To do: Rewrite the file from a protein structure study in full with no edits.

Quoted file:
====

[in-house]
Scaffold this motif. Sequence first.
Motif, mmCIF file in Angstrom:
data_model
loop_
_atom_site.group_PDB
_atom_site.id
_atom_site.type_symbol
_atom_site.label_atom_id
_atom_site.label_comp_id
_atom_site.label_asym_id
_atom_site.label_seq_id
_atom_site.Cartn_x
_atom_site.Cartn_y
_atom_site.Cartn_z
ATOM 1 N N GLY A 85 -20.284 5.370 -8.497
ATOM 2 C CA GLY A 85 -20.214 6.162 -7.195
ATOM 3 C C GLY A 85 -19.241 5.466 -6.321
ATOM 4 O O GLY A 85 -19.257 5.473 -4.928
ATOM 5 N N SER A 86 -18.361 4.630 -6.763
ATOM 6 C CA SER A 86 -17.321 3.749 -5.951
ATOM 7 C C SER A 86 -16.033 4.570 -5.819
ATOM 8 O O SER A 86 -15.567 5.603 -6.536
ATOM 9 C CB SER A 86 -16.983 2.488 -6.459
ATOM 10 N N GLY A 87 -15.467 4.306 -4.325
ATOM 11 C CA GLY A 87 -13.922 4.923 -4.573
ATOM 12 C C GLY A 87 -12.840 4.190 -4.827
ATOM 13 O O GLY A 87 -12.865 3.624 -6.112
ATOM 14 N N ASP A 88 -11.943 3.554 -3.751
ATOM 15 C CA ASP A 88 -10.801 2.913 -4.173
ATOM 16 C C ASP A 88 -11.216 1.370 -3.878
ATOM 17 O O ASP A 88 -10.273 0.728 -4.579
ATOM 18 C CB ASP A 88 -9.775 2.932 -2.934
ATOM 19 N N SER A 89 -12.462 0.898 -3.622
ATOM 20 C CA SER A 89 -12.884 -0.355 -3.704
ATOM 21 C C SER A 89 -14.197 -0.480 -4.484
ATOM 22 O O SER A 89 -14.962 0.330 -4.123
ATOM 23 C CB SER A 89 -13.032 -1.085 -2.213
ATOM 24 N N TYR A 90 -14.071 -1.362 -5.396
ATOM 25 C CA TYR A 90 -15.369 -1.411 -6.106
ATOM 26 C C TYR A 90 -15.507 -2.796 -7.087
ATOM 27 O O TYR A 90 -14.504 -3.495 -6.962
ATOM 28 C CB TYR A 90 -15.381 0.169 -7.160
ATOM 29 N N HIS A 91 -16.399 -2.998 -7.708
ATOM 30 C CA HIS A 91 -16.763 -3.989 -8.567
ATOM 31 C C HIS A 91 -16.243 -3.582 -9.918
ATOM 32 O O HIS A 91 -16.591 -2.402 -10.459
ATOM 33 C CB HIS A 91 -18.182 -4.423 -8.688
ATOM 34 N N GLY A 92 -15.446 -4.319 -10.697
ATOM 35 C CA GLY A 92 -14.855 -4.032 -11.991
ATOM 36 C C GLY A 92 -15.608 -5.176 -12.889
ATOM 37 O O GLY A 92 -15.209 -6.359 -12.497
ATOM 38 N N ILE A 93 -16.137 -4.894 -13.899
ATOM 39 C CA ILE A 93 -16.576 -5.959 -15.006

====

[in-house]
Scaffold this motif. Sequence first.
Motif, mmCIF file in Angstrom:
data_model
loop_
_atom_site.group_PDB
_atom_site.id
_atom_site.type_symbol
_atom_site.label_atom_id
_atom_site.label_comp_id
_atom_site.label_asym_id
_atom_site.label_seq_id
_atom_site.Cartn_x
_atom_site.Cartn_y
_atom_site.Cartn_z
ATOM 1 N N GLY A 85 -20.284 5.370 -8.497
ATOM 2 C CA GLY A 85 -20.214 6.162 -7.195
ATOM 3 C C GLY A 85 -19.241 5.466 -6.321
ATOM 4 O O GLY A 85 -19.257 5.473 -4.928
ATOM 5 N N SER A 86 -18.361 4.630 -6.763
ATOM 6 C CA SER A 86 -17.321 3.749 -5.951
ATOM 7 C C SER A 86 -16.033 4.570 -5.819
ATOM 8 O O SER A 86 -15.567 5.603 -6.536
ATOM 9 C CB SER A 86 -16.983 2.488 -6.459
ATOM 10 N N GLY A 87 -15.467 4.306 -4.325
ATOM 11 C CA GLY A 87 -13.922 4.923 -4.573
ATOM 12 C C GLY A 87 -12.840 4.190 -4.827
ATOM 13 O O GLY A 87 -12.865 3.624 -6.112
ATOM 14 N N ASP A 88 -11.943 3.554 -3.751
ATOM 15 C CA ASP A 88 -10.801 2.913 -4.173
ATOM 16 C C ASP A 88 -11.216 1.370 -3.878
ATOM 17 O O ASP A 88 -10.273 0.728 -4.579
ATOM 18 C CB ASP A 88 -9.775 2.932 -2.934
ATOM 19 N N SER A 89 -12.462 0.898 -3.622
ATOM 20 C CA SER A 89 -12.884 -0.355 -3.704
ATOM 21 C C SER A 89 -14.197 -0.480 -4.484
ATOM 22 O O SER A 89 -14.962 0.330 -4.123
ATOM 23 C CB SER A 89 -13.032 -1.085 -2.213
ATOM 24 N N TYR A 90 -14.071 -1.362 -5.396
ATOM 25 C CA TYR A 90 -15.369 -1.411 -6.106
ATOM 26 C C TYR A 90 -15.507 -2.796 -7.087
ATOM 27 O O TYR A 90 -14.504 -3.495 -6.962
ATOM 28 C CB TYR A 90 -15.381 0.169 -7.160
ATOM 29 N N HIS A 91 -16.399 -2.998 -7.708
ATOM 30 C CA HIS A 91 -16.763 -3.989 -8.567
ATOM 31 C C HIS A 91 -16.243 -3.582 -9.918
ATOM 32 O O HIS A 91 -16.591 -2.402 -10.459
ATOM 33 C CB HIS A 91 -18.182 -4.423 -8.688
ATOM 34 N N GLY A 92 -15.446 -4.319 -10.697
ATOM 35 C CA GLY A 92 -14.855 -4.032 -11.991
ATOM 36 C C GLY A 92 -15.608 -5.176 -12.889
ATOM 37 O O GLY A 92 -15.209 -6.359 -12.497
ATOM 38 N N ILE A 93 -16.137 -4.894 -13.899
ATOM 39 C CA ILE A 93 -16.576 -5.959 -15.006